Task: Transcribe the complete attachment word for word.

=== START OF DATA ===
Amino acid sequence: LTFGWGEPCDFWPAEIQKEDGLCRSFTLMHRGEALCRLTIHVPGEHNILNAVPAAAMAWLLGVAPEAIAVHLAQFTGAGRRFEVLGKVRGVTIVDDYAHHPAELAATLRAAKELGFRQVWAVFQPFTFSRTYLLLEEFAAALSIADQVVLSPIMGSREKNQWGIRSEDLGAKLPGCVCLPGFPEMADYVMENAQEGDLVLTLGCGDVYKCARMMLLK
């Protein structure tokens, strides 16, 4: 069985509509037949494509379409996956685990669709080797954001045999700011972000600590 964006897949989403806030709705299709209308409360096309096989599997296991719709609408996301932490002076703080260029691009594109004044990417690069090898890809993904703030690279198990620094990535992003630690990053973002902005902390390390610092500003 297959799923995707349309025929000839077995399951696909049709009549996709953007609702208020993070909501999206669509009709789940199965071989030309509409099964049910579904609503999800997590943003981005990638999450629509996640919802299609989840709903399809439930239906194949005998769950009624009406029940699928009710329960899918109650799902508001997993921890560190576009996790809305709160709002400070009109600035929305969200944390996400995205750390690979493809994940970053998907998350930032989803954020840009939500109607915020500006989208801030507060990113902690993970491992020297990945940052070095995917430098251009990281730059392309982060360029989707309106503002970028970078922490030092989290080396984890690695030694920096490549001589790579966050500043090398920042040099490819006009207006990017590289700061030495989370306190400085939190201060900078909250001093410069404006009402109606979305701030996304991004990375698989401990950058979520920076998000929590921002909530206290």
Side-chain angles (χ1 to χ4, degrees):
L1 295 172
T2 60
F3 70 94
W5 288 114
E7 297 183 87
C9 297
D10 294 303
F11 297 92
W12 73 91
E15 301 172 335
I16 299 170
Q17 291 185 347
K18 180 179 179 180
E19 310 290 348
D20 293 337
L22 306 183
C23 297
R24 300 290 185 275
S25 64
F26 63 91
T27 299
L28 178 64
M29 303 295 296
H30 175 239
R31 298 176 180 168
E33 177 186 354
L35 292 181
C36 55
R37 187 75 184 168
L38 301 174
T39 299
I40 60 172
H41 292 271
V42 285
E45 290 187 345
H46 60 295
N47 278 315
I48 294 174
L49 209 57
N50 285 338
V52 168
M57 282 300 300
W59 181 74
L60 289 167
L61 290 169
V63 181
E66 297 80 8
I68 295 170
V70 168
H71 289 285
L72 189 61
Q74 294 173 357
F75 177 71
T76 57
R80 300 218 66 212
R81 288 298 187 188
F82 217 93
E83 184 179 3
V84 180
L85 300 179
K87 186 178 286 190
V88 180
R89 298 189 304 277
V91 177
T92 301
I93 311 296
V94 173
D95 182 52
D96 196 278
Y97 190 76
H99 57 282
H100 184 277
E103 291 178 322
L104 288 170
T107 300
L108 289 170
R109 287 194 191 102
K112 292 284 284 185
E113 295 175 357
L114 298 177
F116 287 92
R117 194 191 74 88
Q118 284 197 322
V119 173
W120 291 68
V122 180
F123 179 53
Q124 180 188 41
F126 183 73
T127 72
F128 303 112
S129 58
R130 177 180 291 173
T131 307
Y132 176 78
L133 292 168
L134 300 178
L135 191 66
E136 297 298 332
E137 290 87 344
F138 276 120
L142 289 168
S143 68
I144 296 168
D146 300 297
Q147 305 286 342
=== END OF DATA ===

Amino acid sequence: LTFGWGEPCDFWPAEIQKEDGLCRSFTLMHRGEALCRLTIHVPGEHNILNAVPAAAMAWLLGVAPEAIAVHLAQFTGAGRRFEVLGKVRGVTIVDDYAHHPAELAATLRAAKELGFRQVWAVFQPFTFSRTYLLLEEFAAALSIADQVVLSPIMGSREKNQWGIRSEDLGAKLPGCVCLPGFPEMADYVMENAQEGDLVLTLGCGDVYKCARMMLLK
């Protein structure tokens, strides 16, 4: 069985509509037949494509379409996956685990669709080797954001045999700011972000600590 964006897949989403806030709705299709209308409360096309096989599997296991719709609408996301932490002076703080260029691009594109004044990417690069090898890809993904703030690279198990620094990535992003630690990053973002902005902390390390610092500003 297959799923995707349309025929000839077995399951696909049709009549996709953007609702208020993070909501999206669509009709789940199965071989030309509409099964049910579904609503999800997590943003981005990638999450629509996640919802299609989840709903399809439930239906194949005998769950009624009406029940699928009710329960899918109650799902508001997993921890560190576009996790809305709160709002400070009109600035929305969200944390996400995205750390690979493809994940970053998907998350930032989803954020840009939500109607915020500006989208801030507060990113902690993970491992020297990945940052070095995917430098251009990281730059392309982060360029989707309106503002970028970078922490030092989290080396984890690695030694920096490549001589790579966050500043090398920042040099490819006009207006990017590289700061030495989370306190400085939190201060900078909250001093410069404006009402109606979305701030996304991004990375698989401990950058979520920076998000929590921002909530206290």
Side-chain angles (χ1 to χ4, degrees):
L1 295 172
T2 60
F3 70 94
W5 288 114
E7 297 183 87
C9 297
D10 294 303
F11 297 92
W12 73 91
E15 301 172 335
I16 299 170
Q17 291 185 347
K18 180 179 179 180
E19 310 290 348
D20 293 337
L22 306 183
C23 297
R24 300 290 185 275
S25 64
F26 63 91
T27 299
L28 178 64
M29 303 295 296
H30 175 239
R31 298 176 180 168
E33 177 186 354
L35 292 181
C36 55
R37 187 75 184 168
L38 301 174
T39 299
I40 60 172
H41 292 271
V42 285
E45 290 187 345
H46 60 295
N47 278 315
I48 294 174
L49 209 57
N50 285 338
V52 168
M57 282 300 300
W59 181 74
L60 289 167
L61 290 169
V63 181
E66 297 80 8
I68 295 170
V70 168
H71 289 285
L72 189 61
Q74 294 173 357
F75 177 71
T76 57
R80 300 218 66 212
R81 288 298 187 188
F82 217 93
E83 184 179 3
V84 180
L85 300 179
K87 186 178 286 190
V88 180
R89 298 189 304 277
V91 177
T92 301
I93 311 296
V94 173
D95 182 52
D96 196 278
Y97 190 76
H99 57 282
H100 184 277
E103 291 178 322
L104 288 170
T107 300
L108 289 170
R109 287 194 191 102
K112 292 284 284 185
E113 295 175 357
L114 298 177
F116 287 92
R117 194 191 74 88
Q118 284 197 322
V119 173
W120 291 68
V122 180
F123 179 53
Q124 180 188 41
F126 183 73
T127 72
F128 303 112
S129 58
R130 177 180 291 173
T131 307
Y132 176 78
L133 292 168
L134 300 178
L135 191 66
E136 297 298 332
E137 290 87 344
F138 276 120
L142 289 168
S143 68
I144 296 168
D146 300 297
Q147 305 286 342